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Colombia’s AI Strategy

Thursday 22 July 2021

Alexandra Mousavizadeh and Sebastian Hervas-Jones spoke to Victor Munoz, Director of the Administrative Department of the Presidency of Colombia, and Armando Guio, IADB consultant in AI policy. Here is a summary of what was discussed


Colombia has a dynamic and quickly maturing AI ecosystem. It is making impressive progress in our AI Index rankings, and based on these discussions with Victor and Armando, we anticipate that this will continue. Victor’s keen leadership, and Armando’s ambitious plans and commitment to the safe and inclusive development of new technologies appear to be a recipe for success. 

Victor Muñoz

Alexandra first asked Victor about his background and how he came to be in this position. 

Victor introduced himself and explained that his career began in the private sector, where he created two tech startups, after this he worked as the CIO of a global company with operations in Latin America. In 2018, the Colombian President called him and said that the government wanted to introduce a CIO role in the Colombian government, which would be responsible for the deployment of Colombia’s Digital Strategy, a document which included a strong component in AI. 

Victor agreed and initially joined as the Presidential Advisor for Economic Affairs and Digital Transformation. The function of this role was to coordinate and advise the implementation of the digital transformation strategy throughout all entities of the Colombian government, as well as support all sectors within the economy. Since then, Victor’s role has grown to the ‘Director of the Administrative Department of the Presidency of Colombia’ and Colombia has published their “Digital Transformation and AI Policy”. This reflects both Colombia’s keen focus on artificial intelligence and Victor’s expertise. 

Alexandra’s next question concerned talent; in many of our discussions with ministers and policy makers, a recurring issue seems to be the development of domestic talent. Therefore, the question of how Colombia is tackling this issue was particularly interesting. 

Victor stated that first, it is fundamental to mention that Colombia has the public policy “National Policy on Learning Technologies (CONPES de Tecnologías para Aprender)”. This national policy promotes innovation and development of skills through digital technologies in students of preschool, elementary and secondary education in the official sector, through the following guidelines:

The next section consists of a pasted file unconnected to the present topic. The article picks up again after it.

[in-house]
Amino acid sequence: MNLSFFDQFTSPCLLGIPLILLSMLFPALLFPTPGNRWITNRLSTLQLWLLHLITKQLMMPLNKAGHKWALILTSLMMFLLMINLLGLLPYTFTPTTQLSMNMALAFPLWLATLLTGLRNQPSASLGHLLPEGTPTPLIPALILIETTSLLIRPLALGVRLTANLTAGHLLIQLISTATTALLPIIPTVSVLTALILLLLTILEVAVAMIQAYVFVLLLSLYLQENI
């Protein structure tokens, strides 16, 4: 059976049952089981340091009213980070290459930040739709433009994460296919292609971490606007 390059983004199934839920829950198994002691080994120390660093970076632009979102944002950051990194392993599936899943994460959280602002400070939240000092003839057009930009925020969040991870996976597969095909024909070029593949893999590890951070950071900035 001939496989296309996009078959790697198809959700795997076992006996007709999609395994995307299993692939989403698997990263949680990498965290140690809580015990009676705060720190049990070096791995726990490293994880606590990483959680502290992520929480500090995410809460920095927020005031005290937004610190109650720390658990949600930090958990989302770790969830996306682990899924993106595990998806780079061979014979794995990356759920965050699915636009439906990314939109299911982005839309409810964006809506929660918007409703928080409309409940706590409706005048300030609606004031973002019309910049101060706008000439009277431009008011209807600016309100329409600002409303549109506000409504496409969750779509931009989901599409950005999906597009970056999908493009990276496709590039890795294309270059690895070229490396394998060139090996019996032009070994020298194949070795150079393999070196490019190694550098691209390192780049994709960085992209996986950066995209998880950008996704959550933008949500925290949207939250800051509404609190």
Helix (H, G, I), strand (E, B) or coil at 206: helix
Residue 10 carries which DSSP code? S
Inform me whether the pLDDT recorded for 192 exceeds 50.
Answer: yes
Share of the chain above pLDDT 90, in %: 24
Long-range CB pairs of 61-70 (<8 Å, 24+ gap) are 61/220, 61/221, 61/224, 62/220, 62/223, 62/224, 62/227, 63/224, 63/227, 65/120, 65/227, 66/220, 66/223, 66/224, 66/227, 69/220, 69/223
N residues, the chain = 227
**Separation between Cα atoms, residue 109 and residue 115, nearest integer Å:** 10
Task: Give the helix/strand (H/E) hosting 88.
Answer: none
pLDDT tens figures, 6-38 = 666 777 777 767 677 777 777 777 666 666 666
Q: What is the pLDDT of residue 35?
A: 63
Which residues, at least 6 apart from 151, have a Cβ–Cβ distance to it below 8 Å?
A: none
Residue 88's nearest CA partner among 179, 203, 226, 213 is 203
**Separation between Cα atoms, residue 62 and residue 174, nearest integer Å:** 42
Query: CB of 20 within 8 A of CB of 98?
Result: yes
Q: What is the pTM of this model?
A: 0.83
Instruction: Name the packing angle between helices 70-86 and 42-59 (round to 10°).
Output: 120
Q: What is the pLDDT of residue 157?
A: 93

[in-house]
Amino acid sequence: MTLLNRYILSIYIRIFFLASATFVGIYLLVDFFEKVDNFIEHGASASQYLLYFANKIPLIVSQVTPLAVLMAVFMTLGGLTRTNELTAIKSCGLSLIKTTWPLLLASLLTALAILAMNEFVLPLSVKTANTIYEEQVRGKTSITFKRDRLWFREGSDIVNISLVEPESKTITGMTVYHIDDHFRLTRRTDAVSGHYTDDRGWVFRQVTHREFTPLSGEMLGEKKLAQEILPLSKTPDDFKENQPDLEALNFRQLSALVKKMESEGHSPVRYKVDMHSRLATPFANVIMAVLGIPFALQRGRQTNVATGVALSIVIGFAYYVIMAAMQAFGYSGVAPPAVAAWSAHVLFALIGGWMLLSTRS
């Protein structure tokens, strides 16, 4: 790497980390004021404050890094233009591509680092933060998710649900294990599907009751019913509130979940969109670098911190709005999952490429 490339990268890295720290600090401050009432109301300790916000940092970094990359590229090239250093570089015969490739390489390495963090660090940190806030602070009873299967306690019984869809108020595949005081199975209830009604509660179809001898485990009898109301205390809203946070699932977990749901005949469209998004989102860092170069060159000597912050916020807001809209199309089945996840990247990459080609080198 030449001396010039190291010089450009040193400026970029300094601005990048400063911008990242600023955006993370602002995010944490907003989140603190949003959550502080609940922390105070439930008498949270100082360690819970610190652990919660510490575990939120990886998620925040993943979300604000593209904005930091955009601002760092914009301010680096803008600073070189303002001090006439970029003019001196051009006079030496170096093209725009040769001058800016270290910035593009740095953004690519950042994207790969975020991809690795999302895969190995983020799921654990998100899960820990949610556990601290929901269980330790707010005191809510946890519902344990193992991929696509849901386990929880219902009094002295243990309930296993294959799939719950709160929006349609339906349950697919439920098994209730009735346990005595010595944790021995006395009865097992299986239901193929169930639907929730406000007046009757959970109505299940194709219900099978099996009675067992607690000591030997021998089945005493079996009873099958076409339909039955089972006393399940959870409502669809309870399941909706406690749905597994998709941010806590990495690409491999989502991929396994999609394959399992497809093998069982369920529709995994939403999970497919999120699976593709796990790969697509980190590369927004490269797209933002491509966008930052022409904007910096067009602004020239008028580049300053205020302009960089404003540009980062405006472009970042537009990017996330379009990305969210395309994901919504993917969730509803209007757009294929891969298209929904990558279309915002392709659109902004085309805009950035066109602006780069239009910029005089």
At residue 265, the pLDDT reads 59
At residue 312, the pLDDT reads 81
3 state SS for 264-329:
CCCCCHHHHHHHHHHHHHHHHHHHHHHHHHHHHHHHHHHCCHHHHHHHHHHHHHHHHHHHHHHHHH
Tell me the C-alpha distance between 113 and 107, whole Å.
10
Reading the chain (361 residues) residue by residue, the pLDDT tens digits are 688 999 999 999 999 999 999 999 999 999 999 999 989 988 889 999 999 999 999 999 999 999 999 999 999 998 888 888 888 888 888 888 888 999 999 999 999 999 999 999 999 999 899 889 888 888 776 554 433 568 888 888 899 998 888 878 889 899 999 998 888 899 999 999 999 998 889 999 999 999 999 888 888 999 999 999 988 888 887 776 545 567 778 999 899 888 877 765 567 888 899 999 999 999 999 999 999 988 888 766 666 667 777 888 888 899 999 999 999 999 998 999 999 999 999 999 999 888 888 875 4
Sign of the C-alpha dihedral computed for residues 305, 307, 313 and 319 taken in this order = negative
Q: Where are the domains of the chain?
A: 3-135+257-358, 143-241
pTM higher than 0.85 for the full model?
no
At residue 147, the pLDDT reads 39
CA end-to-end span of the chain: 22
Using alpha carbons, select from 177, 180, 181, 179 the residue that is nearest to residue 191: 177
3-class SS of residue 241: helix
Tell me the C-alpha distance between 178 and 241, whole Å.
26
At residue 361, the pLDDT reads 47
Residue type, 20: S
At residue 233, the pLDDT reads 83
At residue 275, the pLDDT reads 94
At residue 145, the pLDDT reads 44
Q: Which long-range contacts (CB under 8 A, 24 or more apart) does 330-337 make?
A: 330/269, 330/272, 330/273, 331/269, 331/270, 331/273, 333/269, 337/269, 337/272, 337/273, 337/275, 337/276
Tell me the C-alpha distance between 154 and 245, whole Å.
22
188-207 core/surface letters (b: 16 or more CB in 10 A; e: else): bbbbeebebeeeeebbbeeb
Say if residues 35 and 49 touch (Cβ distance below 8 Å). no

– Ecosystems of Educational Innovation

– Design of curricular orientations

– Training processes

– Creation and dynamization of environments

– Talent development and management

– National Debt Strategy

– Students with STEM skills and innovative schools

In the current situation, Colombia has had to move from a face-to-face model with 9.5 million students to a virtual education model. For this they designed different digital education offers, amongst them ‘Aprender Digital – Contenidos para Todos’, a portal that has 80,000 digital and ‘curricularized’ courses. This platform offers different courses for students of primary, secondary and middle school.

The previous program has been linked with “Computers to Educate (Computadores para Educar)” which seeks to promote access to ICT and present a pedagogical appropriation through the provision of computers to students in different areas across the country. This program aims  to give students access to computers, which have preloaded “Aprender Digital”. This will allow them to have full on STEM education through primary, secondary and middle school.